Dr. Michael Eisenberg, an assistant professor of urology, sees a lot of patients at the Stanford University Medical Center who have problems performing in the bedroom.
To determine what the problem is, they'll go through a laundry list of regular activities. Often, patients will ask whether they need to smoke less marijuana.
There isn't a lot of research on the topic. However, with marijuana becoming legal in a growing number of states, Eisenberg thought it'd be worth exploring.
What he found surprised him.
"Usually, people assume the more frequently you smoke, the worse it could be when it came to sex, but in fact, we learned the opposite was true," Eisenberg said. His study was published in this week's Journal of Sexual Medicine.
The study looked at data from the US government's National Survey of Family Growth. It asked more than 28,000 women and nearly 23,000 men how often they had sex in the four weeks prior to the survey and how frequently they used marijuana in the past year.
Women who didn't use marijuana reported having sex six times on average during the past four weeks. Women who used marijuana daily had sex 7.1 times on average.
The trend was similar for men. Men who abstained from marijuana said they had sex an average of 5.6 times in the four weeks before the survey, compared with the daily marijuana users who reported having sex 6.9 times, on average.
"We were surprised to see the positive association between users," Eisenberg said. "This was across the board: marital status, race, none of that mattered." The study focused on heterosexual sex, and it didn't explain why there might be a connection between sex and marijuana.
Eisenberg said past research on human and rodent models has shown that marijuana use may generally increase arousal. However, studies have also shown that too much marijuana use can decrease sperm count, and while men may want to have sex more, orgasm may be a challenge.
"It can have a different impact on different people," said Joseph Palamar, an associate professor in the Department of Population Health at New York University, who is not connected with the current study.
He thought it was a "cool epidemiological paper" that "did the best it could with the data," but it did have limitations. "It's unclear from the data if people had marijuana in their system before or during sex," Palamar said. Someone could smoke in the morning but not have sex until the evening, when it wouldn't be in their system any more, for example. He added he'd like to see a study that could show more of a direct effect on frequency.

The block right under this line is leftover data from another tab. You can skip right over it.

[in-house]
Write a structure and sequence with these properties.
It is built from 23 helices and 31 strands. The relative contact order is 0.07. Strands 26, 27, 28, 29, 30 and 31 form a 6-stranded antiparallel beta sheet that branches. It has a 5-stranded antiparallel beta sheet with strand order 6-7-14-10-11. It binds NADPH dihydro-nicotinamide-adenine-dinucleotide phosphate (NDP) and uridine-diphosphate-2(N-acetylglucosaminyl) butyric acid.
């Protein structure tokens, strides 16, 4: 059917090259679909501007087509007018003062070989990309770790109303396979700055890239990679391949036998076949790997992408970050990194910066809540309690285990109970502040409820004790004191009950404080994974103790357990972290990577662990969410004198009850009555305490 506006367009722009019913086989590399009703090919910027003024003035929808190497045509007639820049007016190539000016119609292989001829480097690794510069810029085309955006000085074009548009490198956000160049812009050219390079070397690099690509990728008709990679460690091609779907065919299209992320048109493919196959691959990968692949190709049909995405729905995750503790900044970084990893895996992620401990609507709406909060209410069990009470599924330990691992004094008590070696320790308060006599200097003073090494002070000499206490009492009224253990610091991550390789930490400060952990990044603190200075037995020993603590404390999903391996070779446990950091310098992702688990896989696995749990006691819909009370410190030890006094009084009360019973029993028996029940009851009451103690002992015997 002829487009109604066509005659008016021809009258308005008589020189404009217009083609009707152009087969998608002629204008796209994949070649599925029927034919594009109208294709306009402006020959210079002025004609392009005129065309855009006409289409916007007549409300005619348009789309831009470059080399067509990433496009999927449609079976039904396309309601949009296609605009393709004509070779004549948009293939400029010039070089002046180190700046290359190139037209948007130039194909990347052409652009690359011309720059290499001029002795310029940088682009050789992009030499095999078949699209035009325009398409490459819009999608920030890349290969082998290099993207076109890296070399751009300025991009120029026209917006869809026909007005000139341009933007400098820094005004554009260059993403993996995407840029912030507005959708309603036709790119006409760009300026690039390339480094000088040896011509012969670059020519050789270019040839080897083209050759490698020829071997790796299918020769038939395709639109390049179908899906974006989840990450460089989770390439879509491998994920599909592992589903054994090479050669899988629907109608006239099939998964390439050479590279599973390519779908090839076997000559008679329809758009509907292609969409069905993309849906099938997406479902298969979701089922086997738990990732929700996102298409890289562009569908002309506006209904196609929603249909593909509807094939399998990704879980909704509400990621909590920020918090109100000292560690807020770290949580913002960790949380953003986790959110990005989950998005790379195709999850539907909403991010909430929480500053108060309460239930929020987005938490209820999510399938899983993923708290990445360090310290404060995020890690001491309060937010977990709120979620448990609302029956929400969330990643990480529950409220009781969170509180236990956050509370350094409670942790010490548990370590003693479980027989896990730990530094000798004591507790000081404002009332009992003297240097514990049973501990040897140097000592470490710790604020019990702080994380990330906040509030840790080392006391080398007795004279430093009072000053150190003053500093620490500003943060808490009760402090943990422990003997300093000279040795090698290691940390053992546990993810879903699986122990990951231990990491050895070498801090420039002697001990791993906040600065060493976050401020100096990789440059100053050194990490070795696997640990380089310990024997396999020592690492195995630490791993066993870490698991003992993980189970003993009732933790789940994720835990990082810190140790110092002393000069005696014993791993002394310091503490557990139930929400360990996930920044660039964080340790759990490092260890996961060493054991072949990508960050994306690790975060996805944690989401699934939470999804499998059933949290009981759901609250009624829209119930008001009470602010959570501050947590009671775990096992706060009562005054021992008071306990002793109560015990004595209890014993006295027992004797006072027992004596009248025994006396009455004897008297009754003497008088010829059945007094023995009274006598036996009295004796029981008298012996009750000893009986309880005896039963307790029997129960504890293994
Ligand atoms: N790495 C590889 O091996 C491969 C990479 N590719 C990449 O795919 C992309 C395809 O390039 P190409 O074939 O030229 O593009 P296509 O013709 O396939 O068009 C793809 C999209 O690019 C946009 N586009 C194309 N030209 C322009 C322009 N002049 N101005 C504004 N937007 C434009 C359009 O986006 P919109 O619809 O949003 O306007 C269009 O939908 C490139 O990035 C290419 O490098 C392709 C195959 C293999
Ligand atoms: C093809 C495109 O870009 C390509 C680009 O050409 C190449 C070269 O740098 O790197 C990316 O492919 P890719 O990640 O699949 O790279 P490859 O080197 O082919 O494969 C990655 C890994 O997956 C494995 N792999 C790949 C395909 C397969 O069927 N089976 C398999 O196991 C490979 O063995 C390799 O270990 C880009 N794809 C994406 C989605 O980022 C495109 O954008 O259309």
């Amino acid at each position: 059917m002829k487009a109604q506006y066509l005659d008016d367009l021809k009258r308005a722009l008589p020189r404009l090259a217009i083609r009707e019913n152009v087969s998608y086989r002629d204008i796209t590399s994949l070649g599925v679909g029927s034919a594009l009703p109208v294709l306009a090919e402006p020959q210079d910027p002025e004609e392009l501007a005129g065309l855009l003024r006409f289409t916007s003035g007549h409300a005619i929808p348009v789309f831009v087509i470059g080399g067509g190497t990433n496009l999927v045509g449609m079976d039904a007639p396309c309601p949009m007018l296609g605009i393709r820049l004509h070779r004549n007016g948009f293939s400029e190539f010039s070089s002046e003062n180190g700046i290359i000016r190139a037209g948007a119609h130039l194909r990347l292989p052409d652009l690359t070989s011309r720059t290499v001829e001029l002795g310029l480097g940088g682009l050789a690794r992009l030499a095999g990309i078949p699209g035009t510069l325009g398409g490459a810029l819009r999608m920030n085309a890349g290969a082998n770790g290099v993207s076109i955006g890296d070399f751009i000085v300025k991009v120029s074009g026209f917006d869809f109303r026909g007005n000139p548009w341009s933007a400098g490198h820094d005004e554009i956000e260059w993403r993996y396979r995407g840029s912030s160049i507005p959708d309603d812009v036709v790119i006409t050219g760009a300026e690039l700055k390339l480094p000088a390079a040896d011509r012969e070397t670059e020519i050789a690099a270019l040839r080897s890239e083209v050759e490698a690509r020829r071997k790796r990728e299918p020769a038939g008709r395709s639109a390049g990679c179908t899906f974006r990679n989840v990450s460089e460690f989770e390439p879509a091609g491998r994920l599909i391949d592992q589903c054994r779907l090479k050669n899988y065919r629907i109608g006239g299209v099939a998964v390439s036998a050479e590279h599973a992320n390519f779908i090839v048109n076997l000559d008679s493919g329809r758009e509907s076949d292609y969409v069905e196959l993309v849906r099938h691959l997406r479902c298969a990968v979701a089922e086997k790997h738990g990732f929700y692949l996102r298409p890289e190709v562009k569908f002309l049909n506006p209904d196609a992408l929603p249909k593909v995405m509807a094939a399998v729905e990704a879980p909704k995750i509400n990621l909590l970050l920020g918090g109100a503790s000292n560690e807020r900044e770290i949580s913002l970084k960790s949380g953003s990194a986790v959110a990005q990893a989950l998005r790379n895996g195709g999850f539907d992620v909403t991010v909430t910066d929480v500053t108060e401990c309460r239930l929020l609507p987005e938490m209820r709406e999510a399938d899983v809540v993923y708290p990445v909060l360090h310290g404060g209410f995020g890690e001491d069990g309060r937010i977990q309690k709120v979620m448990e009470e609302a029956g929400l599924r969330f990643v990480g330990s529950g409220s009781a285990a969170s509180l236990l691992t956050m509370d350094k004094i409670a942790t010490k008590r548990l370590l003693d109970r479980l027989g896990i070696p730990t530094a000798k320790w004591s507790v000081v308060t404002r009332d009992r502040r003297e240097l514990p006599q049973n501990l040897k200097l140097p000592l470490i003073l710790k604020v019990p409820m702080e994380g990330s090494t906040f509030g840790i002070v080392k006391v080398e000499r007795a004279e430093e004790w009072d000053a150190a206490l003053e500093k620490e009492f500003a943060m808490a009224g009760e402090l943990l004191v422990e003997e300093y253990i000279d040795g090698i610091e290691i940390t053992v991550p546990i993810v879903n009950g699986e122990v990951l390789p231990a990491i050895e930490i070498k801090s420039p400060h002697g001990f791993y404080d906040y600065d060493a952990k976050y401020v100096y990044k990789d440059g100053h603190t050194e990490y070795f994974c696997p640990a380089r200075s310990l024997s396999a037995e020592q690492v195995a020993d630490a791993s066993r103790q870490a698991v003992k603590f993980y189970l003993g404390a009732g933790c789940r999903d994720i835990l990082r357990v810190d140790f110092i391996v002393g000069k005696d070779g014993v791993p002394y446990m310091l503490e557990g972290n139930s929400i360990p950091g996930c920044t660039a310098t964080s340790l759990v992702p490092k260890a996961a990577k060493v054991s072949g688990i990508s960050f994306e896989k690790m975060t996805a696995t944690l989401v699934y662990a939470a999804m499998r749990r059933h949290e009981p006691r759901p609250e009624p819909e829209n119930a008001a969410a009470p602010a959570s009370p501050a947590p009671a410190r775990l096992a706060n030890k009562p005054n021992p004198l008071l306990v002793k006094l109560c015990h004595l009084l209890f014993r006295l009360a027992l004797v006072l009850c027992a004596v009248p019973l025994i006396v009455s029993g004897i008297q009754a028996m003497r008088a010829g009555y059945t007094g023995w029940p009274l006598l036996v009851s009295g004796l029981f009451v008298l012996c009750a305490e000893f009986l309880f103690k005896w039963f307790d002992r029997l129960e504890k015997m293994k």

Palamar authored a small study comparing the sexual experience of people who are under the influence of alcohol versus marijuana.
Studying 24 adults, his research found that people under either influence had increased feelings of self-attractiveness, but alcohol seemed to make people more social and bold and helped them make more connections with potential partners, compared with those people using marijuana. It showed that drinkers typically have more regrets about who they slept with and are less choosey, whereas marijuana users tended to be more selective.
Because marijuana is still illegal in the majority of places, Palamar found that most people have to smoke in private, and that could lead to more opportunities to initiate intimacy, compared with people who drink, since alcohol is everywhere.
Marijuana may also have increased some people's sensitivity during the act itself, although some reported getting so "lost in their own heads," they weren't paying as much attention to their partners, and they did not enjoy sex as much.
"And if marijuana makes you paranoid, as it does with some people, it could really, pardon the pun, screw your ability to have an orgasm," Palamar said. Some women also reported vaginal dryness when they smoked pot, and that too can limit sexual pleasure.
Both scholars hoped these studies will encourage other researchers to dive deeper into the topic. In the meantime, Eisenberg said that if a patient asks whether his frequent marijuana use is getting in the way of his sex life, he will tell them that "it may not be the culprit."
Regular marijuana use can have other impacts on your health. Research in adults is still limited, but what we know is that smoking can irritate your lungs, and studies have shown it can raise your heart rate, making you more vulnerable to a heart attack.
"For most people, we tell them instead to go to the gym and lose 20 pounds," Eisenberg said. Being overweight can give men arousal problems.
"We always talk about anything that can be good for your heart can be good for your penis," he said. "For a lot of guys, hearing that is an amazing motivator."